India Inc's capital expenditure revival still four years away?
Capex by both private and public sector entities, primarily on maintenance will marginally increase in the near term- somewhat Rs 1 lakh crore between FY18 - 20.
Even as the government has taken a few bold steps to revive and reform the Indian economy, quite a few deeper issues remain that is hampering the industries growth.
An India Ratings study said that private sector capital expenditure is likely to grow by Rs 1 lakh crore between FY18 – FY20 due to weak domestic consumption demand, global overcapacity and also negative impact while shifting to GST transmission on working capital.
Such capex growth would be a compounded annual growth rate (CAGR) of 5% - 8% in FY18-FY20. This is however better than the CAGR of 4% in FY13 – FY17 but way lower than CAGR of 13% in FY09 – FY12 and CAGR of 49% in FY05-08.
Ind-Ra believes the capex would be largely in the form of maintenance and essential upgrades by the 125 non-stressed corporates of the top 200 asset-heavy corporates. Meanwhile, 75 stressed corporates may face difficulties in even undertaking maintenance capex.
Of these 75 stressed ones, 25 benefit from sponsor support and thus can at least incur maintenance capex.
Analysts at Ind-Ra said, “Although capex by both private and public sector entities, primarily on maintenance, will marginally increase in the near term, a complete turnaround in the investment cycle is unlikely in the next three-four years, until there is high demand visibility and significant deleveraging.”
They added, “Even if investment demand picks up, there would be credit supply constraints with regard to providing fresh credit to corporates by the banking sector owing to risk aversion and higher recapitalisation needs.”
Industry outlook survey for Q2FY18 by the Reserve Bank of India (RBI) showed that the respondents were more optimistic in Q217-18 on the parameters like pending order, exports, imports, and employment; and were less optimistic in case of order books, raw material inventory, finished goods inventory, and overall business situation.
125 non-stressed corporates on account of their strong financial profiles have contributed 80% of total capex in FY17 - while 75 stressed corporates contributed remaining 20%.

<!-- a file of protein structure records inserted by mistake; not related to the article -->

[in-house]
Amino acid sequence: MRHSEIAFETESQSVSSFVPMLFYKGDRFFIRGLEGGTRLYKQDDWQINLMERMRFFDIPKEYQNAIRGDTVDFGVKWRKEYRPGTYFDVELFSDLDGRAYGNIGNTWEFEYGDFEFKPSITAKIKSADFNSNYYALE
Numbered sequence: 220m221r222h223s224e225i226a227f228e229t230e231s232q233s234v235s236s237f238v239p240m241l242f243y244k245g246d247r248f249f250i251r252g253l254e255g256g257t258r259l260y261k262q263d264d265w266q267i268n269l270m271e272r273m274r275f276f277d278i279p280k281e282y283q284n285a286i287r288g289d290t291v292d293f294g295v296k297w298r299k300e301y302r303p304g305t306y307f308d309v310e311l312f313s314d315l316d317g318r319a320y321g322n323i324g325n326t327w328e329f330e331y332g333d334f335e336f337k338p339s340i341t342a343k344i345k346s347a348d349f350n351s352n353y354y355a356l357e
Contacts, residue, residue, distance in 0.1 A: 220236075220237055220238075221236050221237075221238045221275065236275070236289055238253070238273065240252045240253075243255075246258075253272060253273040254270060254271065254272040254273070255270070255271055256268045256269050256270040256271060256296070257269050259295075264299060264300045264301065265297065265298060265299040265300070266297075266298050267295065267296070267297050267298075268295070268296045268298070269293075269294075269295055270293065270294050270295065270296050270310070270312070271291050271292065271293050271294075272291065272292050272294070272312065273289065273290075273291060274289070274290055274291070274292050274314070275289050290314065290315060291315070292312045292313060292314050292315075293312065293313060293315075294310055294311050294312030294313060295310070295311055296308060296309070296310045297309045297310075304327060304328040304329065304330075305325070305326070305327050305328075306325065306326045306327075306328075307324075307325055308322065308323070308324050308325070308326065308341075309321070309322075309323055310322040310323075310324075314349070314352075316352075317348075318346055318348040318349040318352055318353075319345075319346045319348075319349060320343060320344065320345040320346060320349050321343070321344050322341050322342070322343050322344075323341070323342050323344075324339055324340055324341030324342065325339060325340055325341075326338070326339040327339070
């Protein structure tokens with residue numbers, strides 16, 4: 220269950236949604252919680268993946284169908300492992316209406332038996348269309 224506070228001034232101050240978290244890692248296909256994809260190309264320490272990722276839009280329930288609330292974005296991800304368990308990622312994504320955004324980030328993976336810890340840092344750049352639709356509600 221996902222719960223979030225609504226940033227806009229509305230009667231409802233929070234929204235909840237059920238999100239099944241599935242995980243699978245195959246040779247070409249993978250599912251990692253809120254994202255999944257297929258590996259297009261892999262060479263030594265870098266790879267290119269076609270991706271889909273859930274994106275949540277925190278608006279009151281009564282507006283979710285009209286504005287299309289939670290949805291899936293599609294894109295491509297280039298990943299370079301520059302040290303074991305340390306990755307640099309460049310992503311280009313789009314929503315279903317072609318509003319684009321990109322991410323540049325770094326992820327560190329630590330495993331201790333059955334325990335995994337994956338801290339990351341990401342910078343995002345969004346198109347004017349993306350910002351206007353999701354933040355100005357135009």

Of the 200 corporates, 50 are PSUs – who accounted for nearly 30% of the capex spending and 37% of adjusted gross block in FY17 (FY06: 46%, 63%). PSUs’ capex rose at a CAGR of 7% over FY12-FY17. However, their EBITDA marginally increased at a CAGR of 1% during the period.
Ind-Ra expects that the high leverage and low operating profitability (EBITDA) levels of the majority of large-scale capex spenders may restrict meaningful capex spending.
Top five asset-heavy sectors namely infrastructure and construction, metals and mining, power, telecom, and, oil and gas accounted for 80% of the adjusted gross block and 75% of
the annual capex in FY17.
These sectors capacity utilisation were muted across FY15-FY17.
Ind-Ra believes there are pockets of stress within sectors, especially infrastructure, metals and power (thermal) owing to high leverage and weak cash flow, limiting their ability to incur large-scale, debt funded capex.
However, their debt levels have peaked and are unlikely to increase from current levels (FY16: 7%; FY17E-FY18E: 4%-8%).
Yet profitability of these corporates is unlikely to significantly improve in the near term (FY16: 5%; FY17E-FY18E: 2%-8%) owing to the weak pace of nominal growth recovery.
Cash flow stress is also to remain elevated leading to weaker balance sheets of stressed corporates, thus indicating their reduced ability to take incremental debt to fund large scale capex.
"Majority of stressed corporates would require another four-five years to deleverage to a sustainable level of 4x-5x from their current leverage of 9x-10x, provided the economic and financial activity reaches FY09-FY12 levels," added Ind-Ra.